2. 2x it says large numbers of people are added to the Lord. The Antioch church does not keep the message of hope and peace and redemption and repentance and reconciliation with God through Jesus to themselves – they spread it to others.
  3. [ 011-3 ]Jesus people turn to the Lord/ There’s repentance - v21   I think this can look like two kinds of turning:
    1. Obviously, there’s the turning of conversion – turning away from worshiping other gods, or worshiping self, or whatever your life before Jesus looked like. There’s that kind of turning. If you’re with us today and you’re NOT a follower of Jesus, today can be the day. To become a Christian is to “turn to the Lord.” I don’t know what you’re currently running after in your life – finding yourself, or chasing the dollar, or fighting addiction, or you really, really, really live for what other people say or think about you. The encouragement from the text today is that you would turn from all of that, and turn to the Lord. That’s where hope is found, and you can do that today in prayer.
    2. And, if you’ve been a believer for a while, there’s also the turning to the Lord that is ongoing repentance, turning from sin, putting off pride and putting on humility, putting off sexual sins and putting on purity, putting off greed and putting on compassion; putting off foolishness and putting on wisdom. Jesus people are marked by turning to the Lord.
  4. [ 011-4 ]A healthy church shows evidence of grace - v23
    1. Luke doesn’t describe what he means by this in verse 23, but with other scriptures in mind, evidence of grace could be that people aren’t trying to earn their way into heaven. Not trying to work hard to be on God’s good side. They are resting in and delighting in Jesus, and they are quick to forgive, quick to listen, slow to anger, compassionate, etc. They are eagerly seeking and asking for the gifts of the Spirit as we’re instructed in 1 Cor 14, and it is noticeable that Jesus is with them. Their lives themselves are the proof that God has poured out his love and his Spirit on them.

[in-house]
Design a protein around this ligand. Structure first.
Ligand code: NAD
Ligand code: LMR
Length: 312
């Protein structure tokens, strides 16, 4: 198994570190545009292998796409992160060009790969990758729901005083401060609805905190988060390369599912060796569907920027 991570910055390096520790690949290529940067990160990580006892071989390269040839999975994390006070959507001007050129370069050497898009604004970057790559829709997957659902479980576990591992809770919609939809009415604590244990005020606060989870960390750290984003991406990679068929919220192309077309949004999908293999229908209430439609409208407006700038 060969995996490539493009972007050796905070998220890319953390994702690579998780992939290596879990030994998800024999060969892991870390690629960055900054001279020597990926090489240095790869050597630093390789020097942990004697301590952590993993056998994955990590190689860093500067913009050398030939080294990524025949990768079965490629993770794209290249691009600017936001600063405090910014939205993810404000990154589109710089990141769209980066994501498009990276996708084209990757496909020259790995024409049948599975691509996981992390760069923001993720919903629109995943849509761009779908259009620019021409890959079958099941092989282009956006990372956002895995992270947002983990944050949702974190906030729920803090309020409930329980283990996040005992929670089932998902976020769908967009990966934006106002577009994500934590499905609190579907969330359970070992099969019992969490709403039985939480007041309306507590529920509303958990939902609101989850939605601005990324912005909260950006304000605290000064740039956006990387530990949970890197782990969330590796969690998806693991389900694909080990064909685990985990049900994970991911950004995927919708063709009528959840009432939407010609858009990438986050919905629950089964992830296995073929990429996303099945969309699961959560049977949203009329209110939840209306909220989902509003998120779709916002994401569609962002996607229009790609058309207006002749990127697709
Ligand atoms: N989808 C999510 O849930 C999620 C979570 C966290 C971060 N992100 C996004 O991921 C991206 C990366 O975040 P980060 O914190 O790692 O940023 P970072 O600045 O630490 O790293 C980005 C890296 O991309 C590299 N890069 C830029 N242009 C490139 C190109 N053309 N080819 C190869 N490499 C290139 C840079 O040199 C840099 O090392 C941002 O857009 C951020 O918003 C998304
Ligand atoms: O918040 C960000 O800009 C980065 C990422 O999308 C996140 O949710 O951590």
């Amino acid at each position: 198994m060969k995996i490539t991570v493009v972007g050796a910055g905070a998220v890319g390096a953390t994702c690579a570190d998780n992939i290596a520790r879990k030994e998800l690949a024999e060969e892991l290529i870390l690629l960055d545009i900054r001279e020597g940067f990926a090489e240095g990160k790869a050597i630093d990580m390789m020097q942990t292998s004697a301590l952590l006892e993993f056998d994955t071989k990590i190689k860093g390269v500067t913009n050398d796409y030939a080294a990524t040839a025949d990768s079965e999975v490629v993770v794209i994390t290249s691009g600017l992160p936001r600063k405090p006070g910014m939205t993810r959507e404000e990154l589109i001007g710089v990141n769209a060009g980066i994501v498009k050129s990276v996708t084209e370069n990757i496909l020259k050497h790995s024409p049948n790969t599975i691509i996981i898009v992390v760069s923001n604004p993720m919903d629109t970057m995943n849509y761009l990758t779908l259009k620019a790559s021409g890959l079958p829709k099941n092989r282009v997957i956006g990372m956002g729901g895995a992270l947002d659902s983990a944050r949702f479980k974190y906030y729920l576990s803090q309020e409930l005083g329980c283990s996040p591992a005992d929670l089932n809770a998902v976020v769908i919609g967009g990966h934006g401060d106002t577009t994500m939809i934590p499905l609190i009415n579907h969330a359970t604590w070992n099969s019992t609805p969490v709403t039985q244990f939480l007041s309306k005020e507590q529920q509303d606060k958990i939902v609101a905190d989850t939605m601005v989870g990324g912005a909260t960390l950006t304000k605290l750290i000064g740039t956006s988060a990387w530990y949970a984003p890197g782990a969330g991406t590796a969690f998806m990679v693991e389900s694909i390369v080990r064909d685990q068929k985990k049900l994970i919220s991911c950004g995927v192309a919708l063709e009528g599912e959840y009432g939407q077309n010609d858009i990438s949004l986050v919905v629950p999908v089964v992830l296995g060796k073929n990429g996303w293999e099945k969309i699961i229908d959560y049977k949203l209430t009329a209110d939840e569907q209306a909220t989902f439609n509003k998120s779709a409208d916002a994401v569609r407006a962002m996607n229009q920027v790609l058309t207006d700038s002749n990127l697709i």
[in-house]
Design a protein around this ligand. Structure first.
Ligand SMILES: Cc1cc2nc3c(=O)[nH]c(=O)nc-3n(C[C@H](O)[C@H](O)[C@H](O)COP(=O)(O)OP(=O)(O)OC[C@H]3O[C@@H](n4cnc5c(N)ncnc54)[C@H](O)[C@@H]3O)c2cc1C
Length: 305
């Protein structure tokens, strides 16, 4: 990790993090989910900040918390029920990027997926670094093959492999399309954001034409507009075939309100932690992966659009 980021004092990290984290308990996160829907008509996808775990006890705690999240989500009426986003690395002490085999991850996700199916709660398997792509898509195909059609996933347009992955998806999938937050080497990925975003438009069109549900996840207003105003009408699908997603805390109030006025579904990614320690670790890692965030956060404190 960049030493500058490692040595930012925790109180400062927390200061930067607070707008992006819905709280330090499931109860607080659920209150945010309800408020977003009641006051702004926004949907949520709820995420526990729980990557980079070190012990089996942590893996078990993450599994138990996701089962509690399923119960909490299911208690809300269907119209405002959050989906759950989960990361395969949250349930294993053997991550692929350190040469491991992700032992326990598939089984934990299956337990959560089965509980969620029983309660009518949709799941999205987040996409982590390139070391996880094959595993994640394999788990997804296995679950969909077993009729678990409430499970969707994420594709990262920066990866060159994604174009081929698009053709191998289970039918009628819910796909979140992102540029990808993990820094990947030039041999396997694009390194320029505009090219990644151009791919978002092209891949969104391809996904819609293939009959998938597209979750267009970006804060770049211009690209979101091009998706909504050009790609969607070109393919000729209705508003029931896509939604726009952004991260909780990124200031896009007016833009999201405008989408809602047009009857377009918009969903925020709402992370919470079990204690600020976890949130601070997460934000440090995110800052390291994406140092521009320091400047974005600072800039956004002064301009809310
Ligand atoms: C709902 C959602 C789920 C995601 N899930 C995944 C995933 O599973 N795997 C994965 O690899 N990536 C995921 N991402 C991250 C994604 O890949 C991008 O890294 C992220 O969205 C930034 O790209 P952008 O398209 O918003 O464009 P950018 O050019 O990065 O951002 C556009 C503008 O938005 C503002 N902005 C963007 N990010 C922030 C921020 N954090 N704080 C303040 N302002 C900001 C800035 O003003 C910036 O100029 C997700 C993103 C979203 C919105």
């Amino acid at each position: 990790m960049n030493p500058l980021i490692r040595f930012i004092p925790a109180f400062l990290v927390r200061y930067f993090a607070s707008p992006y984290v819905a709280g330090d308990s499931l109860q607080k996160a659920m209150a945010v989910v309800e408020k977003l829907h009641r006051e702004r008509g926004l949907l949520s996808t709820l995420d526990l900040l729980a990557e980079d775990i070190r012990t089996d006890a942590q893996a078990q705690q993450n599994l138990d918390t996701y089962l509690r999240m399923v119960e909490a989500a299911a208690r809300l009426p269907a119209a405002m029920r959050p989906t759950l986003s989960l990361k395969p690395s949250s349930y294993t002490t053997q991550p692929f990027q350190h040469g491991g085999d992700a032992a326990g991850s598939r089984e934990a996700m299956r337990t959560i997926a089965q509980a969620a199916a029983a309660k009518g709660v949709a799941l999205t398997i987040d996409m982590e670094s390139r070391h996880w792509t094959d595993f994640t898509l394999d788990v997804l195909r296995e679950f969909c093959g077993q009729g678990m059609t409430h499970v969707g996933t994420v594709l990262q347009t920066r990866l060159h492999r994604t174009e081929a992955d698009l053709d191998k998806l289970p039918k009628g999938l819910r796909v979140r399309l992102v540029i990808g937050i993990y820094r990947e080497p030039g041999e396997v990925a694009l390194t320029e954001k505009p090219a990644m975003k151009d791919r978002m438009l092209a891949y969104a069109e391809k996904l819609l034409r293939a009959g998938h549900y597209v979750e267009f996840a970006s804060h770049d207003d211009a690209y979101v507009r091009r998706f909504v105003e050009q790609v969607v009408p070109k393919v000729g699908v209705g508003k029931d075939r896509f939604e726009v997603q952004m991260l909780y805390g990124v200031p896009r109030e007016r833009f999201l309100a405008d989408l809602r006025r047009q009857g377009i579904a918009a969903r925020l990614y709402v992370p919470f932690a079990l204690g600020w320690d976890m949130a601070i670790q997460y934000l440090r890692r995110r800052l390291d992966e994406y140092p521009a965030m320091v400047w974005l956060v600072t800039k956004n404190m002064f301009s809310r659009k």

5. [ 011-5 ]A healthy church realizes that being a disciple of Jesus is a long game. Barnabas encourages them to remain true to the Lord with devoted hearts - v23
    1. Remain true. Devotion. Those are words that talk about the long game. This isn’t a drive through kind of Spirituality. I am reading a book about discipleship by a guy named John Mark Comer, and here’s how he described this: For all the value that technology has added to the world, it has had at least three disastrous effects on our generation. It has formed us to expect life to be Easy, Fast, and Controllable. We can slide our thumb, and dinner will magically appear at our door twenty minutes later. As a result, we are conditioned to expect quick, fast results anytime we want it, with very little effort. And we often carry that mindset into our spiritual formation. We assume we just need to find the right technique or life hack to solve the problem of the soul. But in reality, formation into the image of Jesus is Hard. Slow. And we are not in control. There is no killer app, no quick fix, no shortcut. The formation of the human soul is more like growing a vineyard than ordering takeout.
    2. Remain true. Devotion. The true church of Jesus Christ understands that discipleship is a long game. Or as the late Pastor Eugene Peterson put it: A long obedience in the same direction.
  6. [ 011-6 ] A healthy church submits to the Word of God: